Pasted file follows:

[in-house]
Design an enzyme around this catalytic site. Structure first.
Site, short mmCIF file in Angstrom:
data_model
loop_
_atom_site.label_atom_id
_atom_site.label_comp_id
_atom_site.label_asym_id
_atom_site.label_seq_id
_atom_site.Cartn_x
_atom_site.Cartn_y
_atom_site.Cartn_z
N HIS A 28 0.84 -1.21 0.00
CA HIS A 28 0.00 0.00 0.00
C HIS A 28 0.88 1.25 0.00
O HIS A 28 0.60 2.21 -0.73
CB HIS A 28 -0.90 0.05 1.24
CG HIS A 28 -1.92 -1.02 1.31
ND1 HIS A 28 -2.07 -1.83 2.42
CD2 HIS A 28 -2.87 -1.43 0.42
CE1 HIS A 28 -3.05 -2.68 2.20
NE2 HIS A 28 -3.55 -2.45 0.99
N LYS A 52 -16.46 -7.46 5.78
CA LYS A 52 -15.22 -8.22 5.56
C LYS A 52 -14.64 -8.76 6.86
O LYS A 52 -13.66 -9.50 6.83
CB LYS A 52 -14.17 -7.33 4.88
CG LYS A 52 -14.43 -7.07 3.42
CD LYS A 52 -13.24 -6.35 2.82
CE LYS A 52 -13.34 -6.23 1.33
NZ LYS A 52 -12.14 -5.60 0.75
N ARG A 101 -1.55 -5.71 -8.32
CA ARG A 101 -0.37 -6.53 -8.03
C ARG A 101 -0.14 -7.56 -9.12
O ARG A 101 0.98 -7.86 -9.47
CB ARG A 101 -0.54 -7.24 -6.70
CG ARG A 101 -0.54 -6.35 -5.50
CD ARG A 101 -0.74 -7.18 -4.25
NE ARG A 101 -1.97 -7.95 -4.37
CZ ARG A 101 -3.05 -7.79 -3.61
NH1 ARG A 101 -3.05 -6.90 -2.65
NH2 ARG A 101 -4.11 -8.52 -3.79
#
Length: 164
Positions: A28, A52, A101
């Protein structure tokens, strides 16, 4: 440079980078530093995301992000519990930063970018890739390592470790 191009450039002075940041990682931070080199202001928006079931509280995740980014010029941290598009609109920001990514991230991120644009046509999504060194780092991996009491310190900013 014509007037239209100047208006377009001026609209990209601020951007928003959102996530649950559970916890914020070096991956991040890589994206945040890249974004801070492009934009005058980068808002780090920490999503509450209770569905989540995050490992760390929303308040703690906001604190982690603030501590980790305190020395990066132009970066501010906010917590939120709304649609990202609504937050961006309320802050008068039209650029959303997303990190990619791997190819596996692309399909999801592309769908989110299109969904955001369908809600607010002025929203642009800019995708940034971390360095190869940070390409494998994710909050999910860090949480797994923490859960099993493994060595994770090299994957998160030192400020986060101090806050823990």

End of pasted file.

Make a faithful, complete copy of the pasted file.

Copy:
[in-house]
Design an enzyme around this catalytic site. Structure first.
Site, short mmCIF file in Angstrom:
data_model
loop_
_atom_site.label_atom_id
_atom_site.label_comp_id
_atom_site.label_asym_id
_atom_site.label_seq_id
_atom_site.Cartn_x
_atom_site.Cartn_y
_atom_site.Cartn_z
N HIS A 28 0.84 -1.21 0.00
CA HIS A 28 0.00 0.00 0.00
C HIS A 28 0.88 1.25 0.00
O HIS A 28 0.60 2.21 -0.73
CB HIS A 28 -0.90 0.05 1.24
CG HIS A 28 -1.92 -1.02 1.31
ND1 HIS A 28 -2.07 -1.83 2.42
CD2 HIS A 28 -2.87 -1.43 0.42
CE1 HIS A 28 -3.05 -2.68 2.20
NE2 HIS A 28 -3.55 -2.45 0.99
N LYS A 52 -16.46 -7.46 5.78
CA LYS A 52 -15.22 -8.22 5.56
C LYS A 52 -14.64 -8.76 6.86
O LYS A 52 -13.66 -9.50 6.83
CB LYS A 52 -14.17 -7.33 4.88
CG LYS A 52 -14.43 -7.07 3.42
CD LYS A 52 -13.24 -6.35 2.82
CE LYS A 52 -13.34 -6.23 1.33
NZ LYS A 52 -12.14 -5.60 0.75
N ARG A 101 -1.55 -5.71 -8.32
CA ARG A 101 -0.37 -6.53 -8.03
C ARG A 101 -0.14 -7.56 -9.12
O ARG A 101 0.98 -7.86 -9.47
CB ARG A 101 -0.54 -7.24 -6.70
CG ARG A 101 -0.54 -6.35 -5.50
CD ARG A 101 -0.74 -7.18 -4.25
NE ARG A 101 -1.97 -7.95 -4.37
CZ ARG A 101 -3.05 -7.79 -3.61
NH1 ARG A 101 -3.05 -6.90 -2.65
NH2 ARG A 101 -4.11 -8.52 -3.79
#
Length: 164
Positions: A28, A52, A101
């Protein structure tokens, strides 16, 4: 440079980078530093995301992000519990930063970018890739390592470790 191009450039002075940041990682931070080199202001928006079931509280995740980014010029941290598009609109920001990514991230991120644009046509999504060194780092991996009491310190900013 014509007037239209100047208006377009001026609209990209601020951007928003959102996530649950559970916890914020070096991956991040890589994206945040890249974004801070492009934009005058980068808002780090920490999503509450209770569905989540995050490992760390929303308040703690906001604190982690603030501590980790305190020395990066132009970066501010906010917590939120709304649609990202609504937050961006309320802050008068039209650029959303997303990190990619791997190819596996692309399909999801592309769908989110299109969904955001369908809600607010002025929203642009800019995708940034971390360095190869940070390409494998994710909050999910860090949480797994923490859960099993493994060595994770090299994957998160030192400020986060101090806050823990």